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PROTRACK » GENERAL » Olympics hinge on the width of a five cent coin

Olympics hinge on the width of a five cent coin

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Missed it by that much, says Breen
By Chris Wilson
Canberra Times
May 5, 2012

Melissa Breen of the ACTAS celebrates
winning the Womens 200 metres during
the Australian Athletics Championships
at Lakeside Stadium in Melbourne last

Icecream. Lot's of icecream.
That's how Canberra sprinter Melissa Breen consoled herself in Japan last weekend when she missed Olympic qualification by 0.002 of a second.

Over the 100-metres, at the pace she was running, it equates to falling short by less than 18mm.

Get a five cent piece out of your wallet, put it on the ground in front of your toe, then look down at it. The diameter of that worthless coin is about the same distance that could ultimately cost Breen a priceless moment in her athletics career.

The 21-year-old must now pick herself up for a final shot at Olympic qualifying in Japan tomorrow, but if she doesn't break the required 11.29 seconds then she will return to Canberra on Tuesday and rely on the discretion of Australian selectors.

"I'm not sure how I come to terms with two-thousandths of a second, I don't know," Breen said from Japan yesterday.

"I understand our sport is about running as quick as you can and two-thousandths of a second can be the difference between a gold and a silver medal or making a final or not. It's all about times ... but being so close on so many occasions, it's just breaking my heart."

Common-sense would dictate that Australian selectors will elect to take Breen to London, given her rapid improvement this season, her consistency, her young age and her potential to be a contender by the Rio Games in 2016. She's our national champ.

But Breen's agonising fight for Olympic selection highlights just how tough these athletes are, mentally as much as physically. Every one of them must sacrifice to succeed, but not every one of them will achieve the success they're aiming for.

Having twice missed Australian swimming teams by one hundreth of a second, including the 2010 Commonwealth Games, Canberra's Ben Treffers finally broke through to win the national 100m backstroke title in 2011.

But, requiring a top-two finish at this year's Olympic trials in March, he touched third, beaten by 0.11 seconds. He'd missed his one shot at the London Olympics by about 20cm — less than the length of his hand.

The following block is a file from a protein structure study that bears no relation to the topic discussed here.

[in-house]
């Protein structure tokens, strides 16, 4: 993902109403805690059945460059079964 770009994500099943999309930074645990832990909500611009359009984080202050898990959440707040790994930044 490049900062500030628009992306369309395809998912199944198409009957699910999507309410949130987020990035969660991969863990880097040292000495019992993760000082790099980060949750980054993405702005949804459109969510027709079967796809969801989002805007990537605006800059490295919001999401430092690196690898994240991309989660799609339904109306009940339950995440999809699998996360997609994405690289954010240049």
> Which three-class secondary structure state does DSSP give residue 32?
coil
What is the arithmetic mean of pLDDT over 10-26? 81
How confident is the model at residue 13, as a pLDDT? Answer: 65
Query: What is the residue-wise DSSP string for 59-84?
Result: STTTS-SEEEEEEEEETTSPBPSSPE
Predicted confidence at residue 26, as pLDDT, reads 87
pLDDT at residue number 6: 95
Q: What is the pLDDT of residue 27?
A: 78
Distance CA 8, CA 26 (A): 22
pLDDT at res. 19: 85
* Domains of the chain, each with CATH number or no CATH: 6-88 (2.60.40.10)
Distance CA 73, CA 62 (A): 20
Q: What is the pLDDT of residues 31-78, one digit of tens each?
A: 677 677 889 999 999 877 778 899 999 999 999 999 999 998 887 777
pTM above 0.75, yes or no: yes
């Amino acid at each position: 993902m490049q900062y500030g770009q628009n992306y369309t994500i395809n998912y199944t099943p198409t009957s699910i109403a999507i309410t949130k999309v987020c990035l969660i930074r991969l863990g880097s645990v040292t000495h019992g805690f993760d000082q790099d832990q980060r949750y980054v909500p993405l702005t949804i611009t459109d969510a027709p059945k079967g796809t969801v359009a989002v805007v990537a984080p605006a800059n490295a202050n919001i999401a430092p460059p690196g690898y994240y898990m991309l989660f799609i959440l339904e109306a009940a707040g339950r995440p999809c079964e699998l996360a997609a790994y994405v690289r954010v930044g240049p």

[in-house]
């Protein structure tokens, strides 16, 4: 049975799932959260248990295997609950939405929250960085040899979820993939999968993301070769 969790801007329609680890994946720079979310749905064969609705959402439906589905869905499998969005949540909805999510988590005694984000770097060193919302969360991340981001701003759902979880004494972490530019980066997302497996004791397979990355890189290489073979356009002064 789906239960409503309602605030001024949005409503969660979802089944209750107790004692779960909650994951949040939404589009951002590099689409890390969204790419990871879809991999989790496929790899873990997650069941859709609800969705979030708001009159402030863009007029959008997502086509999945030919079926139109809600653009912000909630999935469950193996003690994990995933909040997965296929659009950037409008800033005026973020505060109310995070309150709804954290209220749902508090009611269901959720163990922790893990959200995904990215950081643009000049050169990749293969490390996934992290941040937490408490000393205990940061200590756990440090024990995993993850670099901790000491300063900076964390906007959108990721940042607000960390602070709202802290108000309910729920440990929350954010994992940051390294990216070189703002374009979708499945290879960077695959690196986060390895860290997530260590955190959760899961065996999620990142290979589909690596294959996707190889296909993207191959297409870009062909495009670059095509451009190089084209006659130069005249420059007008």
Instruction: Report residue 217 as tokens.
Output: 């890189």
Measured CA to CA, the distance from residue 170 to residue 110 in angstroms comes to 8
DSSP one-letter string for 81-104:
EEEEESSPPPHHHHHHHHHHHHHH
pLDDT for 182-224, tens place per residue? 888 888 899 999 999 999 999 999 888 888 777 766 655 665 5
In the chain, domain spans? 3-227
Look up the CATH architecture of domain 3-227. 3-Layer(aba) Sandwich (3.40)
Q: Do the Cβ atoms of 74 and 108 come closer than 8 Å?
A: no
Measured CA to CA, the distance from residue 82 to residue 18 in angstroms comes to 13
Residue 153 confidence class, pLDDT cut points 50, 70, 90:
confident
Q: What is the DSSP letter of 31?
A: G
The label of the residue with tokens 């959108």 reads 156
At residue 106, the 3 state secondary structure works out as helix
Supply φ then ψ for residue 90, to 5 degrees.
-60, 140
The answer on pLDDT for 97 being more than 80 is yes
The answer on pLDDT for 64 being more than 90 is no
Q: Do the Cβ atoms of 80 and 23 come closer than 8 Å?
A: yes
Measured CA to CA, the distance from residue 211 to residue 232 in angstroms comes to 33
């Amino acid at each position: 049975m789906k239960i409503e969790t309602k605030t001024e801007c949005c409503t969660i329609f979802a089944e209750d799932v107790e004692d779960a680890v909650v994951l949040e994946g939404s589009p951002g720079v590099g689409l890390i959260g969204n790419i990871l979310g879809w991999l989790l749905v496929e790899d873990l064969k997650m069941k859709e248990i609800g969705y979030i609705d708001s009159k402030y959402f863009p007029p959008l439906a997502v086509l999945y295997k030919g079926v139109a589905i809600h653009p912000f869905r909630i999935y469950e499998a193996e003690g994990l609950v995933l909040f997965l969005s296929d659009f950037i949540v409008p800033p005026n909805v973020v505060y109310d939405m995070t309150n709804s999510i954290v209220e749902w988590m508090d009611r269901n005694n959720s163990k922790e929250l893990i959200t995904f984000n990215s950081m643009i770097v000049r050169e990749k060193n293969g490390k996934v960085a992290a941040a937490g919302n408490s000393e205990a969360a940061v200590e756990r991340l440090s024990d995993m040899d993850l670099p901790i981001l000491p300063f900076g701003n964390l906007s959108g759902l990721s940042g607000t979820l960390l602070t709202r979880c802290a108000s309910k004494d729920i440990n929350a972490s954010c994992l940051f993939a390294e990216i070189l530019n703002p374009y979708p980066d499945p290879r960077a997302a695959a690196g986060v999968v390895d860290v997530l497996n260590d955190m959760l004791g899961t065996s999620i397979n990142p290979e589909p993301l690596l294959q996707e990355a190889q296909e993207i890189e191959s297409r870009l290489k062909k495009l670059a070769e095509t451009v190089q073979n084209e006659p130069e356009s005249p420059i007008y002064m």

"I probably can't compare this disappointment to the last ones, this one's quite a bit more because I really felt like I belonged in that [Olympic] team," Treffers, 20, said yesterday.

"I didn't cross my mind that I'd miss it, it's been pretty tough to swallow.

"I'm not even sure how I'm going to be able to watch the London Olympics, that'll be an interesting time for me. Obviously I want to support my mates who are swimming but at the same time it's going to be pretty disappointing not to be there."

Much like Breen, Canberra marathon runner Martin Dent could be at the mercy of Australian Olympic selectors.

Dent set a personal best of 2 hours, 12 minutes, 23 seconds in Japan last December, smashing the international Olympic qualifying mark of 2:15.00.

Problem is, Australia enforces a tougher qualifying mark, so Dent was actually 23 seconds outside the required time. It equates to about half-a-second a kilometre. Over the 42.195 kilometres of the marathon, he'd missed his mark by about 122m.

"You keep thinking 'why couldn't I have been a bit tougher and pushed through those last few kilometres?'," Dent said yesterday, a rhetorical question he's asked himself so many times.

"You go back [in your mind] and wish if only I got that right."

Dent is 33, much older than the other two. He may not get another chance at the Olympics and he's experienced this pain before – twice.

He was one of only two Australian runners who posted an Olympic B-qualifying time before the Sydney 2000 Games in the 3000m steeple, but was overlooked by selectors when he got beat in the Olympic trial.

Dent then set an Olympic A-standard in the steeple before the 2008 Beijing Olympics, winning the Australian Olympic trial. He was overlooked again, that time because a rival had travelled overseas and posted a faster time late in the season.

"Beijing was probably the most frustrating because I'd supported the domestic season, I ran some good races," Dent said.

Missing out must be devastating. Carrying on, well, that's true resilience. True toughness.

Treffers was yesterday in a swimming camp in Townsville, supporting teammates James Roberts and Alicia Coutts who are both preparing for the Olympics. He's still hurting, but won't give in.

"Maybe this is the right path for me, to miss these Games and I'll be a better athlete for it," Treffers says.

"It seems like there's an inner consciousness that's just telling me to keep swimming, to keep pushing."

Dent is back in his public service job a couple of weeks after running the London Marathon, still training in case he gets the call-up from Olympic selectors in the next fortnight.

Breen runs for her Olympic dream in Japan tomorrow.

These are the kinds of stories you should remember when the London Olympics begin in July.

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